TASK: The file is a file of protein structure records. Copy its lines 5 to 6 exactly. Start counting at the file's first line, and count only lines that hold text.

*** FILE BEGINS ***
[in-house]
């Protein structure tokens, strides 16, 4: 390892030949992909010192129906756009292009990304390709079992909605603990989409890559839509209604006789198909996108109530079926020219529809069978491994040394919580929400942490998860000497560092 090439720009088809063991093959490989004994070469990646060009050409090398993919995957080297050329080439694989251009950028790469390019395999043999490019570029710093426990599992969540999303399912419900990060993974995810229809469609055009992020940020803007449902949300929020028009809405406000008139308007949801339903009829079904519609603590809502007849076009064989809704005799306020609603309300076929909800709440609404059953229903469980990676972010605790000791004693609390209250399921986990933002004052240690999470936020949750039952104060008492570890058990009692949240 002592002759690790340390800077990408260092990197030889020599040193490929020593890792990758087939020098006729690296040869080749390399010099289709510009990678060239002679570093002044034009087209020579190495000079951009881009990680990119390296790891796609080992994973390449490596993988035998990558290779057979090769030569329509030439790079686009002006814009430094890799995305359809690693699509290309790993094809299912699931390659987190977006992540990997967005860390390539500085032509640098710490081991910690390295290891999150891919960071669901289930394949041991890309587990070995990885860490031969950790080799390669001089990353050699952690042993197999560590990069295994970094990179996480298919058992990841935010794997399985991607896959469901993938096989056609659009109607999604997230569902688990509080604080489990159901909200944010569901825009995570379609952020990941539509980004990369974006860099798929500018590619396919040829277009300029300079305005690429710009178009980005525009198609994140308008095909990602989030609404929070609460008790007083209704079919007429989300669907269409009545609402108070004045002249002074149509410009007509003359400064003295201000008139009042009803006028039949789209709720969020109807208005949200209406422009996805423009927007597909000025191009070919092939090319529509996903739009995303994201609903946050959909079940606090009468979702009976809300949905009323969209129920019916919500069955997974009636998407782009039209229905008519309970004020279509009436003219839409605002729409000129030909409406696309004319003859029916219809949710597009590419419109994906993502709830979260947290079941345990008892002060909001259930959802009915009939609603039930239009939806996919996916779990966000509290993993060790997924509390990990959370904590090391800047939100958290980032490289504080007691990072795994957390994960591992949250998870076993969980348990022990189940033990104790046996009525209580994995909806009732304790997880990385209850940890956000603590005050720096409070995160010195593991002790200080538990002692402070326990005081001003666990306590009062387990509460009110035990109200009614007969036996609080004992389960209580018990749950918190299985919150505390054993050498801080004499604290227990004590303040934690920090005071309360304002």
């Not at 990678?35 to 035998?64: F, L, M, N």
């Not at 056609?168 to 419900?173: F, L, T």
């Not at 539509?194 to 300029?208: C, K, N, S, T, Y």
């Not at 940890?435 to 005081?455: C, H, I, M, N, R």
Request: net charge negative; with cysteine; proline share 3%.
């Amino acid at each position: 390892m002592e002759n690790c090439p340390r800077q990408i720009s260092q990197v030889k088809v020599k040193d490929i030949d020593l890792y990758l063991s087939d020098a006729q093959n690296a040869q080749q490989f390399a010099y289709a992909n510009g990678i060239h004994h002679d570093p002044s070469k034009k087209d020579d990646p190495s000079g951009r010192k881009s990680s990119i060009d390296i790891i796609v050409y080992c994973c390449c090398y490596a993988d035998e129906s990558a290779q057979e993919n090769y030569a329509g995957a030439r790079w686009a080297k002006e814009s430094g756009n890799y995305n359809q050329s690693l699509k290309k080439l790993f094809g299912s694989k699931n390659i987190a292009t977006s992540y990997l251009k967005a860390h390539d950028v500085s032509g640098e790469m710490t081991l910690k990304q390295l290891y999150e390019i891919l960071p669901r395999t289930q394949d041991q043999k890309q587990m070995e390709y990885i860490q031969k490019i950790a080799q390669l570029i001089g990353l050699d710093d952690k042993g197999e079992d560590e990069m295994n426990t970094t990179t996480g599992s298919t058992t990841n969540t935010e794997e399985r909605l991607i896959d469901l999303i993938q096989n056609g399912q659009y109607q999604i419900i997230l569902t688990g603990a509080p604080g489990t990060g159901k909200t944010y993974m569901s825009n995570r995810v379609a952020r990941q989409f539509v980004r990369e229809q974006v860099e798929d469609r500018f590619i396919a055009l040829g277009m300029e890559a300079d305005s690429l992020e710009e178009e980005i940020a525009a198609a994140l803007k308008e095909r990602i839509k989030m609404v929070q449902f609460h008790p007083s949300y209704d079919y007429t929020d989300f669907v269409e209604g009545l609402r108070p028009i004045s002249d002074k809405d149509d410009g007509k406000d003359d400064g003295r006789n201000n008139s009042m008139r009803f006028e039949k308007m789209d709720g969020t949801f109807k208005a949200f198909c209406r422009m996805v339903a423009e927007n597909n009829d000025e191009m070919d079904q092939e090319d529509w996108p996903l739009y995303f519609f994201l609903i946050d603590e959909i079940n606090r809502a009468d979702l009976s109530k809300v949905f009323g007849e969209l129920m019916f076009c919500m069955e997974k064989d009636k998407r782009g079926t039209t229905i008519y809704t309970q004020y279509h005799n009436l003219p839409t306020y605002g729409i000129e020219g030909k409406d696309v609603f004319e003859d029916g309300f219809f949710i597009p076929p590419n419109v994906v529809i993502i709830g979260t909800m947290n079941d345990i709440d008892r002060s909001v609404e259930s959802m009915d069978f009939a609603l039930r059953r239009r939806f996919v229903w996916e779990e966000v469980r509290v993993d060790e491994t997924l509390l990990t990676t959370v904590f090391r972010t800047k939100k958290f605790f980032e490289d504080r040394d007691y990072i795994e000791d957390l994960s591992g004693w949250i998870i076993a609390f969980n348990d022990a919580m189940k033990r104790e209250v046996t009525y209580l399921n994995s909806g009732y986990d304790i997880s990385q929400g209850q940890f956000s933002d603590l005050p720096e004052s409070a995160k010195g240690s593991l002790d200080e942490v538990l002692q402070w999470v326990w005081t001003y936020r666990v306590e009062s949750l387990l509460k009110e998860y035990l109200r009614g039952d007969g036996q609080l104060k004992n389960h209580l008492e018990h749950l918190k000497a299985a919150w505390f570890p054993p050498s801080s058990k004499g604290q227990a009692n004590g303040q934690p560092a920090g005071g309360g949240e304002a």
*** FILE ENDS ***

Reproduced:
């Not at 539509?194 to 300029?208: C, K, N, S, T, Y």
């Not at 940890?435 to 005081?455: C, H, I, M, N, R």